Theatre: Live and Digital

theatre and digital technology

Technology Can Open Up Theatre and the Arts

Marcus Lilley argues the power of technology lies in aiding the experience and presenting new opportunities of interacting with, producing and collaborating with the live experience.

The news recently that two exam boards no longer require seeing a live theatre performance as part of their course has been met with a lot of discourse from both sides of the argument. It is a very interesting subject because one would logically argue that seeing a theatre course would require to see live theatre. However due to groundbreaking work by companies like the National Theatre and Digital Theatre, which stream productions from venues across the country, the argument isn’t as one sided as it sounds.

I agree that seeing productions should be part of the course for studying drama, however if you have the opportunity and exposure to more shows and content online, surely one cannot miss the opportunity, not instead of the live experience but adding to it. Two examples below illustrate this:


On the 18th of November 2015, the second #LoveTheatreDay was run in partnership by the Guardian Culture Professionals Network, Twitter UK and CultureThemes to provide insight, backstage access and information on the theatre industry. This unique social experiment is a fantastic way to see theatres from the across the country and globally open their doors.  The day started at 10am with organisations encouraged to use the hashtag: #Backstage with the aim of giving audiences and idea of how a production is put together.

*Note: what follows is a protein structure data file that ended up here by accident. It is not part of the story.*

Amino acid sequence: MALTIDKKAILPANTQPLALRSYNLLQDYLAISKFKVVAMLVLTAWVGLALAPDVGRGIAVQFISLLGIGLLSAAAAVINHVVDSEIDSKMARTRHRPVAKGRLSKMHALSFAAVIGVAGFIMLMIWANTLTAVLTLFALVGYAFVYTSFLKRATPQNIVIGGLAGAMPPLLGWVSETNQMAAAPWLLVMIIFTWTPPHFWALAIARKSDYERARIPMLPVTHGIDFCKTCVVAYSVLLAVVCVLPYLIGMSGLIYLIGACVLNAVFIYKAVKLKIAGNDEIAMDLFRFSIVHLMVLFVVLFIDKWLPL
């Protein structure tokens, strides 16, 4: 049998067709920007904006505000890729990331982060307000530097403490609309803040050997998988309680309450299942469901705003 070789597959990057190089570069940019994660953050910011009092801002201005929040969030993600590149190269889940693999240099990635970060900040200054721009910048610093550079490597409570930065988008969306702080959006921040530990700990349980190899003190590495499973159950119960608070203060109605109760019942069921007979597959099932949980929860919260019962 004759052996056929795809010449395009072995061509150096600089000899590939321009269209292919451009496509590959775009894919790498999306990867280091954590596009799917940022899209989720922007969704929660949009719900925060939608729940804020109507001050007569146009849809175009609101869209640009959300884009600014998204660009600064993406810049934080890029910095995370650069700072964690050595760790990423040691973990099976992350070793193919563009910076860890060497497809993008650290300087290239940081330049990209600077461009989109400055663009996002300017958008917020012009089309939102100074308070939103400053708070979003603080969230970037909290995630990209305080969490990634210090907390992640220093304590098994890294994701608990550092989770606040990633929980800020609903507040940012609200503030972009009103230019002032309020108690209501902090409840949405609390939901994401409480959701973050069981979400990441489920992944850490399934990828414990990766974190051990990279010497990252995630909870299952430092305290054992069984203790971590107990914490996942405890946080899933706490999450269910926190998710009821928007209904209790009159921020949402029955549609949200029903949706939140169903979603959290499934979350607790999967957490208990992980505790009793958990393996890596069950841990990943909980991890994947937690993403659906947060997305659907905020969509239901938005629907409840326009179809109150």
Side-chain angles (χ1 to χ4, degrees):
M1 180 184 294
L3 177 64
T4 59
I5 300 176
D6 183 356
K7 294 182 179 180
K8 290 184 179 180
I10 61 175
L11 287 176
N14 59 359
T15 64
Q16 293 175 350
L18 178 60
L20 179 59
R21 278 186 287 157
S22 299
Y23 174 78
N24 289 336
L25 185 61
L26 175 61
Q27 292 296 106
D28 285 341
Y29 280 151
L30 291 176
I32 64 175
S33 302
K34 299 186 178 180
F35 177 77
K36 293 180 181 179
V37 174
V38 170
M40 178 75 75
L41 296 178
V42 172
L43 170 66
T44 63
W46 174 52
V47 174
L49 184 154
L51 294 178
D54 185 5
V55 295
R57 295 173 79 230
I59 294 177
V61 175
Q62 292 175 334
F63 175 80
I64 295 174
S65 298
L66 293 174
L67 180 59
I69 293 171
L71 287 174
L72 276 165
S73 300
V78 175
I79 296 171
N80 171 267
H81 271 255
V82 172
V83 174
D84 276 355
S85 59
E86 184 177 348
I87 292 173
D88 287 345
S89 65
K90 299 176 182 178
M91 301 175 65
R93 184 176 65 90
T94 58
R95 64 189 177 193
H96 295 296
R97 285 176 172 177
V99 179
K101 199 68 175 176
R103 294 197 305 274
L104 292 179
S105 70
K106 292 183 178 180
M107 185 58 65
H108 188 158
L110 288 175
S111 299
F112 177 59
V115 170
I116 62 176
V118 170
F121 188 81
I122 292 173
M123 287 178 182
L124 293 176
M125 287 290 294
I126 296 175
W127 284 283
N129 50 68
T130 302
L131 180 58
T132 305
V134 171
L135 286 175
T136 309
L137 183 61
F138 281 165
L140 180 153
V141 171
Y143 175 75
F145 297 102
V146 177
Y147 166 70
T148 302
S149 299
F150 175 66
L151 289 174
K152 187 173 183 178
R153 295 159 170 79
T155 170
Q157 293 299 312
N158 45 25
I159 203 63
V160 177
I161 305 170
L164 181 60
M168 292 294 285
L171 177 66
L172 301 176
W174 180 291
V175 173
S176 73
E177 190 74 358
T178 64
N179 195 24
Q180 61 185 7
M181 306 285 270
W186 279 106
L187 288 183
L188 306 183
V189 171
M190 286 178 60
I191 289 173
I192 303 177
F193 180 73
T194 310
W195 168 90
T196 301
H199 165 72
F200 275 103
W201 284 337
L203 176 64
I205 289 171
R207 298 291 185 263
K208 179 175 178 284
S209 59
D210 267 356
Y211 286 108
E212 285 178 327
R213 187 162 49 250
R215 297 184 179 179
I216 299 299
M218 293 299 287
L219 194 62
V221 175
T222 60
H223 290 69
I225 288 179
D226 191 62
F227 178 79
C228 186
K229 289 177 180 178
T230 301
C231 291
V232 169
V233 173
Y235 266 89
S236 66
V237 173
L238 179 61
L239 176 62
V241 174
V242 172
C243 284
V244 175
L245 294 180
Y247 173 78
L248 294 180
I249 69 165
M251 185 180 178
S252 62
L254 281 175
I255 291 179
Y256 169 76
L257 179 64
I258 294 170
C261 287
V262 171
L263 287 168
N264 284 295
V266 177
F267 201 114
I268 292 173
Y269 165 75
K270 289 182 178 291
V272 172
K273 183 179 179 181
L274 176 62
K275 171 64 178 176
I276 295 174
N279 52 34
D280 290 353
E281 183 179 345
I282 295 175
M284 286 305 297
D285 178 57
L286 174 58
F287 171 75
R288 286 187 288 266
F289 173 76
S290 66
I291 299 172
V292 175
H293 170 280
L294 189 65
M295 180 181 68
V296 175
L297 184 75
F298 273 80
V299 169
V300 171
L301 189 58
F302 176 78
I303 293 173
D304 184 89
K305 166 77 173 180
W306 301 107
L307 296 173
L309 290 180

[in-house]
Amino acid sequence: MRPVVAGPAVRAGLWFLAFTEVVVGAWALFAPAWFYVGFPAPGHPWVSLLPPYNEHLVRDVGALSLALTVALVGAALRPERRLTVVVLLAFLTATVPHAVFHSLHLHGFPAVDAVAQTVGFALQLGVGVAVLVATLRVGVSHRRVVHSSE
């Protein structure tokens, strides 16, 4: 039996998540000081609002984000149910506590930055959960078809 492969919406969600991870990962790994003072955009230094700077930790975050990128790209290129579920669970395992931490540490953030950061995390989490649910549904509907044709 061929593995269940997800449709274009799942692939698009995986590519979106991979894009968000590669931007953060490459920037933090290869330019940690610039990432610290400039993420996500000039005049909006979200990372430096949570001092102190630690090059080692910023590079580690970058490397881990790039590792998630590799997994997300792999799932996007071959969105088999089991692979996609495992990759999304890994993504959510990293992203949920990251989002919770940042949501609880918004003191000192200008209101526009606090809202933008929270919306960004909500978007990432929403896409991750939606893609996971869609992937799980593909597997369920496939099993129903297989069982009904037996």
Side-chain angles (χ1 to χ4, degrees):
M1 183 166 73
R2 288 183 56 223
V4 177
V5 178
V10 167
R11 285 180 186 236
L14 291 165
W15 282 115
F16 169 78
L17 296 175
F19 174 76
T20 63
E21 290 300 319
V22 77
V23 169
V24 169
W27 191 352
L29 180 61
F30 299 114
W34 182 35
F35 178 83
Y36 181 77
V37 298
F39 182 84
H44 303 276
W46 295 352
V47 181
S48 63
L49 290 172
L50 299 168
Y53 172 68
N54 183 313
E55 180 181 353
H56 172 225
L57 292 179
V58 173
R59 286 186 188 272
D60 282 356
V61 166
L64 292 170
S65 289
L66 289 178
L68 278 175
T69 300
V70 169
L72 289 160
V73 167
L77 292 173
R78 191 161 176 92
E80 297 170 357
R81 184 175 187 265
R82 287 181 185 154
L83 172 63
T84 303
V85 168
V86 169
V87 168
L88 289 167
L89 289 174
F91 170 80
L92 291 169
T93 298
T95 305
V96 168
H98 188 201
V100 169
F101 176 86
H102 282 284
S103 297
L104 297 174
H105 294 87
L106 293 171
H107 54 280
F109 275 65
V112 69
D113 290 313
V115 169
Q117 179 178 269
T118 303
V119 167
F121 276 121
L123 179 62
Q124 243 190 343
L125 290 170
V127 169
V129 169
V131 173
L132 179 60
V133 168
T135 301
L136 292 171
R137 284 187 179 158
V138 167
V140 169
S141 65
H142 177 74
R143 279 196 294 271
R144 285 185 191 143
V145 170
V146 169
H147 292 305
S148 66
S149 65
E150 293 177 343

Love Theatre Day Dick Whittington

The second phase of the day: #AskaTheatre (3-5pm) gave people the opportunity to ask theatre’s questions about jobs, the world of theatre and the work they produce.

Love Theatre Day LoveTheatreDay Mark Thomson

The final part of the day was #showtime giving audiences the opportunity to be in a ‘virtual’ stall and being able to see a production or performance.

This collaborative act between theatres, performers, creatives and people passionate about theatre was a clear instance of the power of technology to articulate the power of theatre, the workings of theatre and what its like to work in the industry. Without the input of seeing the venues in action, the words of the directors, actors and seeing rehearsals, this digital offering would have little substance. It is not rejecting the physical act of visiting a theatre rather it is celebrating and encouraging more involvement.

Liverpool Theatre Live

Liverpool Theatre Live was a day of live streamed events on the 19th of November 2015 showcasing and celebrating theatre in Liverpool featuring contributions from 20 Stories High, Action Transport Theatre, Liverpool Everyman and Playhouse, Impropriety, The Lantern Theatre, Royal Court Theatre, Tmesis Theatre and Unity Theatre. The spotlight focus on a particular place gives an overview of what is happening but also harnesses the global reach of social technologies to engage with people from across the globe.